engravings of the Crypt at Canterbury Cathedral (_Archæologia_, viii. p.
74.), and Ledwick's remarks on it in conjunction with the carvings at
Glendalloch (_History of Ireland_, p. 174.), or those of Grymbald's
Crypt at Oxford, he might have been expected to have attributed their
monstrosities to his order, with as little hesitation and as thorough a
contempt of chronology, or proved connection, as he has the curious and
innocent sculptures of the church at Schöngrabern in Bohemia (vide
_Curiositäten_, vol. viii. p. 501.).


       *       *       *       *       *


_Prince Modoc._--At p. 57., "ANGLO-CAMBRIAN" refers to the report of the
Proceedings of the British Association at Swansea, in Aug. 1848,
extracted from the _Athenæum_ newspaper. In the course of a discussion
which took place on Prof. Elton's address, it was observed (if I
recollect rightly) by the learned Dr. Latham, that a vocabulary of the
so-called Welsh-Indian dialect has been formed, and that it contains _no
trace_ of any Celtic root.

December 10. 1849.

_St. Barnabas._--About the time of the Reformation, it was strongly
debated whether the festival days of St. Paul and St. Barnabas should be
admitted into the calendar; and, in the 2d Book of K. Edward, the
conversion of St. Paul is put down in _black_, and St. Barnabas is
_omitted altogether_! No wonder, therefore, if, in Suffolk, liberties
were taken with the name of St. Barnabas, and it was transferred to
doggerel rhyme, to be repeated by children.


_Register of Cromwell's Baptism._--The communication of your
correspondent C.W.G. at p. 103. of your last number, induces me to offer
you the inclosed copy from the _Register_ of All Saints' Church,
Huntingdon, of the birth and baptism of Oliver Cromwell:--

    "Anno Domini 1599 Oliverus filius Roberti Cromwell generosi et
    Elisabethæ huxoris ejus Natus vicesimo quinto die Aprilis et
    Baptisatus vicesimo nono ejusdem mensis."

Then follow the words "England's plague for many years," written in a
different hand.


_The Times._--A correspondent (NASO) informs us of the following fact in
the history of this widely circulated and influential journal; namely,
that it is stated in that the paper of the 12th of March, 1788, that it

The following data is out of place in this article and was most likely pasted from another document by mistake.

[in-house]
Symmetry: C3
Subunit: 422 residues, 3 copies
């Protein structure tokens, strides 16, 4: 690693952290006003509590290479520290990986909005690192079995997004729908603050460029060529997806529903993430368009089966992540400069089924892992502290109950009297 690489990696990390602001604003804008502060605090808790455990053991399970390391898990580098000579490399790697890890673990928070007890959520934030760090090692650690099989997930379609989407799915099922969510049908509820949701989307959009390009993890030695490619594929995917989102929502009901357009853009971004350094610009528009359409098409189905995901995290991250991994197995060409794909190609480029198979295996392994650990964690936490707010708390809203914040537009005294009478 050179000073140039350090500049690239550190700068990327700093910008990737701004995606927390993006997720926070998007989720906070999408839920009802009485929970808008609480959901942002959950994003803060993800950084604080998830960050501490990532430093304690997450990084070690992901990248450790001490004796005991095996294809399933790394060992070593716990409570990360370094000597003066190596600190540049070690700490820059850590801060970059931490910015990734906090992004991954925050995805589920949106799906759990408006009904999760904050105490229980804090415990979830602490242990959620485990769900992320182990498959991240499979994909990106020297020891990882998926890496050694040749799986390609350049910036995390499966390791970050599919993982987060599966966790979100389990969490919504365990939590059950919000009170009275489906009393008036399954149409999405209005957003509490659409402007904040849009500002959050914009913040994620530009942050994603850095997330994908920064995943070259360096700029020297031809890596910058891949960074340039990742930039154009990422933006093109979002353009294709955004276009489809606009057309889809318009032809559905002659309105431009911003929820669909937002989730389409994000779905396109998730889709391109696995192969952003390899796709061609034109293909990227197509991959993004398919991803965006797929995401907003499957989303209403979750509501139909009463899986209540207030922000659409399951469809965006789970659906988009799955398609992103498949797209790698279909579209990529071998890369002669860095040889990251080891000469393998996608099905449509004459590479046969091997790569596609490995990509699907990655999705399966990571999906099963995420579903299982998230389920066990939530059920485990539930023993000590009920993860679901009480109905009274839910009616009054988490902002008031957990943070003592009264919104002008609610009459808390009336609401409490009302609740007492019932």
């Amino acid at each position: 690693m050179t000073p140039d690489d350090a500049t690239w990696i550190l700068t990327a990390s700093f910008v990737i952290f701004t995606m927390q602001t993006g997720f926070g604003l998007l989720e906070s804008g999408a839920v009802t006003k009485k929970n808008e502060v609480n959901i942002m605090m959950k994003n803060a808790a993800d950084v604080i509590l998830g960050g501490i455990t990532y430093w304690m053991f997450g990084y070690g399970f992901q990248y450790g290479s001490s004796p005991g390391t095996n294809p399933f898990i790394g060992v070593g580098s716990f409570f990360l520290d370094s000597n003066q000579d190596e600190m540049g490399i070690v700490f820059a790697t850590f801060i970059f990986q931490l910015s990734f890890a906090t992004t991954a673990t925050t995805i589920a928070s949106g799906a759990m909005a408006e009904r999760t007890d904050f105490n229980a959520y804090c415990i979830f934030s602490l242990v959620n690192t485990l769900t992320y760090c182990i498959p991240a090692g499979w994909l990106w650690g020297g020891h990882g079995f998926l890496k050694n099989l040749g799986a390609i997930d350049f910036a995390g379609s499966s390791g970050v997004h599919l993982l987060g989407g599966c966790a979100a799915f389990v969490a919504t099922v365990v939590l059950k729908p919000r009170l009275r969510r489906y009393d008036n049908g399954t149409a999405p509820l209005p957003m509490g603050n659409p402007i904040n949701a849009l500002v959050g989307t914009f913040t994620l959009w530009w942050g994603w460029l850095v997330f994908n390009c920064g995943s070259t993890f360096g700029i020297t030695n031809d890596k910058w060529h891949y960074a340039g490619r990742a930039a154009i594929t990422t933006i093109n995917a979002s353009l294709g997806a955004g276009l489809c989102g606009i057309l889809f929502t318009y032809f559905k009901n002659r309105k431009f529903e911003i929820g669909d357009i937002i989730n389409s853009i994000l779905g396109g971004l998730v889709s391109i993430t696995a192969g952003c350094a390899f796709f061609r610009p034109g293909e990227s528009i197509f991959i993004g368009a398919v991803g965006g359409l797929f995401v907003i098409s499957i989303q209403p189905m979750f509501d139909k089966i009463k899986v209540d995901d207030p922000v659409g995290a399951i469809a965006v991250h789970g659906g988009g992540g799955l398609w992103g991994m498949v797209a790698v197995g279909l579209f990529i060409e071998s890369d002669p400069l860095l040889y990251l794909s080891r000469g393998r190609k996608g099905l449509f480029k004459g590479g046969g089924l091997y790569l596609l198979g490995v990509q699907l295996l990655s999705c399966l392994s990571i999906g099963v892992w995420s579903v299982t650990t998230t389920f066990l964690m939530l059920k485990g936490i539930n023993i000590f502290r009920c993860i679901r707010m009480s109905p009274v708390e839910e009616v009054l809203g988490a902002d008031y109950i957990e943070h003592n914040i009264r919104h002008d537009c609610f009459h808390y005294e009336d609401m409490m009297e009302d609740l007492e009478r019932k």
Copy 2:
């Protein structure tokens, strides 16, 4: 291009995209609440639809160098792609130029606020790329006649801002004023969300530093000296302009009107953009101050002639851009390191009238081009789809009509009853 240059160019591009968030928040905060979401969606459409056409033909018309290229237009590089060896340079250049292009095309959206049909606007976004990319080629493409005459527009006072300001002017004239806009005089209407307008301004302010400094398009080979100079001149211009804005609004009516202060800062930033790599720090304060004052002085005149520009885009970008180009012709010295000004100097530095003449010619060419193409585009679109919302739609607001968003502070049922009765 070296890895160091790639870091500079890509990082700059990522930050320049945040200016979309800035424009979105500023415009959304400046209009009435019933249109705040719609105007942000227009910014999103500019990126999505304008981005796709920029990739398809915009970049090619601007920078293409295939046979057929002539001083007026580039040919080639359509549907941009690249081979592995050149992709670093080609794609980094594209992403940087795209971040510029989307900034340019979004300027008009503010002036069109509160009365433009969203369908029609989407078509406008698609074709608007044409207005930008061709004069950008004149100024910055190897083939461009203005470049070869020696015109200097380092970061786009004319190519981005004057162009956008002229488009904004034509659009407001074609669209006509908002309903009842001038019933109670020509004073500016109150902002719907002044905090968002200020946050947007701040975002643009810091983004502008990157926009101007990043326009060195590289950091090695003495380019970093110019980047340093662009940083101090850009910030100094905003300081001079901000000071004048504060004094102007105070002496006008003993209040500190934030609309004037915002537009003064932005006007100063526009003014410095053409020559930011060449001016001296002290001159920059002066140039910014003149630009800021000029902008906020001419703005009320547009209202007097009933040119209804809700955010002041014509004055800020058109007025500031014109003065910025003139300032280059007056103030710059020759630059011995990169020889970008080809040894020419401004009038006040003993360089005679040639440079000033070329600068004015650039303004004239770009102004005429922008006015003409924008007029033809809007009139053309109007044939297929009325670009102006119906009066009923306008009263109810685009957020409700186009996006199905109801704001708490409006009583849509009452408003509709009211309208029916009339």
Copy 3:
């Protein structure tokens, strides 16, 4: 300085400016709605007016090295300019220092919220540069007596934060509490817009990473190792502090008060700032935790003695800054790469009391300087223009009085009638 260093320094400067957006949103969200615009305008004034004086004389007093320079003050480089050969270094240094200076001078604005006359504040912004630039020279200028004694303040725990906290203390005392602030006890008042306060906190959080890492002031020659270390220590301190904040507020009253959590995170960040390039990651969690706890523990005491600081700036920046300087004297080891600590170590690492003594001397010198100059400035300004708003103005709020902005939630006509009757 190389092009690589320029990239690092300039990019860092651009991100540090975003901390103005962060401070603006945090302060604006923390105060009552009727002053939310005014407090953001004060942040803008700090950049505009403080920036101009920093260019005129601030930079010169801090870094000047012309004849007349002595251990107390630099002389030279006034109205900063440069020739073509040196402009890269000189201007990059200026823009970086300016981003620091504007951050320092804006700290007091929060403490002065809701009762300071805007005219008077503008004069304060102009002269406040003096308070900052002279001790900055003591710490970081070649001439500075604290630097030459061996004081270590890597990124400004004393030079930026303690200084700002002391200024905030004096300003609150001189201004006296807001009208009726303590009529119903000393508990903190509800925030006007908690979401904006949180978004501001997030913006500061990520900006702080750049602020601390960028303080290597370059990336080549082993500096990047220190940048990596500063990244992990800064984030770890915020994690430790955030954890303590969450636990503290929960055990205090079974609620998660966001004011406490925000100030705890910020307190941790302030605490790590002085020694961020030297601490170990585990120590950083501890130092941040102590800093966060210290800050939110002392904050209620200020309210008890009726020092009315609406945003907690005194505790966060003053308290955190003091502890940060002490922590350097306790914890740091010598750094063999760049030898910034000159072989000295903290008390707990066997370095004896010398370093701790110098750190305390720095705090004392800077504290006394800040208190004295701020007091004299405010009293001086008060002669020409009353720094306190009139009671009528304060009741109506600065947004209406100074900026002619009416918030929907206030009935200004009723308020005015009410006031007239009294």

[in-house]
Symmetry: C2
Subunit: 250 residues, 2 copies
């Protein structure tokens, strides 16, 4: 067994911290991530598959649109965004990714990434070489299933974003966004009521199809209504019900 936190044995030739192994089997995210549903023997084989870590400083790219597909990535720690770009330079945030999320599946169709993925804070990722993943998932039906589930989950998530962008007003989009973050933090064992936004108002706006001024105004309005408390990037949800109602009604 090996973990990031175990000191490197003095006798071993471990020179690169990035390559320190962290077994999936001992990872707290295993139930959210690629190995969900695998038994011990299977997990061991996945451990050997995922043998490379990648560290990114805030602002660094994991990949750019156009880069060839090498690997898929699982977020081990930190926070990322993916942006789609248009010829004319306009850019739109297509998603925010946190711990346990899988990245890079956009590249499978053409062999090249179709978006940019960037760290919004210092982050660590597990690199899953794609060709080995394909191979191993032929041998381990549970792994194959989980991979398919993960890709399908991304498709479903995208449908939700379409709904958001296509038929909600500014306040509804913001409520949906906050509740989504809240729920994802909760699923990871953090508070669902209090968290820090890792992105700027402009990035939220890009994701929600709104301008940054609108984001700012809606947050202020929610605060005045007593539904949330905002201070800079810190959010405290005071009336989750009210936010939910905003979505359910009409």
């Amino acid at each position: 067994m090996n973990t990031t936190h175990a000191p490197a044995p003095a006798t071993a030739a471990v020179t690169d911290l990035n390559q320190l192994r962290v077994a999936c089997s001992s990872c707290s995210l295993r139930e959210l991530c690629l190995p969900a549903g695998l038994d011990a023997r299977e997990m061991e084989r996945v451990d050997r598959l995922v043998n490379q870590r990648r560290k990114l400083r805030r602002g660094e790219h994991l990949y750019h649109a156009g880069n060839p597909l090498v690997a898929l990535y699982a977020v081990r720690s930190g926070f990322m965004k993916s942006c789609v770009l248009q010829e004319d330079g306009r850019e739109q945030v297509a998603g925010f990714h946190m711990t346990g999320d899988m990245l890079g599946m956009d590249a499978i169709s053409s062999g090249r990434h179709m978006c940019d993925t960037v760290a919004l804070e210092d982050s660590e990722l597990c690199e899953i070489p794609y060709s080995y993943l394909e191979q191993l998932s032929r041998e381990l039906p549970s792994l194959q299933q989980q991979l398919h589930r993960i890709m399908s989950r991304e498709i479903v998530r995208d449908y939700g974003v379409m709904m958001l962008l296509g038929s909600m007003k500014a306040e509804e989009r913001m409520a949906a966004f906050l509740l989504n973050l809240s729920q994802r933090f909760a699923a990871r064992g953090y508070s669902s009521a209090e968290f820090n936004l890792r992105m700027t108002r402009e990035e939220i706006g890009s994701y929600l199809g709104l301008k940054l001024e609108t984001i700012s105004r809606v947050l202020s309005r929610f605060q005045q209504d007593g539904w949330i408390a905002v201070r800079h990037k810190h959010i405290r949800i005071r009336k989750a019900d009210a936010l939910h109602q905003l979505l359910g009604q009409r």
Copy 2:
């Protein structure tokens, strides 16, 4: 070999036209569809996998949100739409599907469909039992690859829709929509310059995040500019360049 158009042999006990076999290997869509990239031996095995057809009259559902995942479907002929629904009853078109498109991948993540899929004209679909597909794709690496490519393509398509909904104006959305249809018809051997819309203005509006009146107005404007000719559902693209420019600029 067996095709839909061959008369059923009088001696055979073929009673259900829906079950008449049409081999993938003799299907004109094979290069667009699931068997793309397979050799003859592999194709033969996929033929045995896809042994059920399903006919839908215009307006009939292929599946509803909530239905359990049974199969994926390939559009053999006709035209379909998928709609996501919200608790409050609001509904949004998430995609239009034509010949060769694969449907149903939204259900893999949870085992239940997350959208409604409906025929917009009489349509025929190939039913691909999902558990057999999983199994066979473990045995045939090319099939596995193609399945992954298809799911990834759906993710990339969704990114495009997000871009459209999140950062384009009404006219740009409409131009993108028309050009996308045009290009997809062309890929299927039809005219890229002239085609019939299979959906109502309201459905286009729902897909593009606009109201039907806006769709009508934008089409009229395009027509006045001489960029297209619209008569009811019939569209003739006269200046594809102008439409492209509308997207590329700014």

was printed "Logographically!" We wish our correspondent had furnished
us with the precise words of this very curious statement. {137}

_Roland Monoux._--I have in my possession a brass monumental plate,
said to have been taken from some church in Middlesex, and bearing
the following lines, engraved in _black letter_:--

  "Behold what droupinge Dethe maye doe, consume
      y'e corse to duste,
   What Dethe maie not shall lyue for aye, in spite of
      Dethe his luste;
   Thoughe Rouland Monoux shrowdeth here, yet
      Rouland Monoux lives,
   His helpynge hand to nedys want, a fame for ever
   Hys worde and dede was ever one, his credyth never
   His zeall' to Christ was stronge, tyll' dethe w'th latest
      panges asaylde.
   Twyse thre and one he Children had, two sones, one
      kepes his name,
   And dowghters fyve for home he carde, y't lyve in
      honest fame.
   What booteth more, as he be kynde dyd come of
      Jentyll race,
   So Rouland Monoux good Desertes this grave can
      not Deface."

I should be obliged to any of your readers for some account of this
Rouland Monoux, and when he died. I may also add; that I should be very
willing to restore the brass to its original site, did I know the spot
from whence it has been sacrilegiously torn.


_Wessel Cup Hymn._--The following Wassail Song is taken from a little
chap-book printed at Manchester, called _A Selection of Christmas
Hymns_. it is obviously a corrupted version of a much older song:--

  "Here we come a wesseling,
     Among the leaves so green,
  Here we come a wandering,
     So fair to be seen.

  "_Cho._--Love and joy come to you,
     And to your wessel too,
  And God send you a happy new year,
         A new year,
  And God send you a happy new year.

  "Our wessel cup is made of the rosemary tree,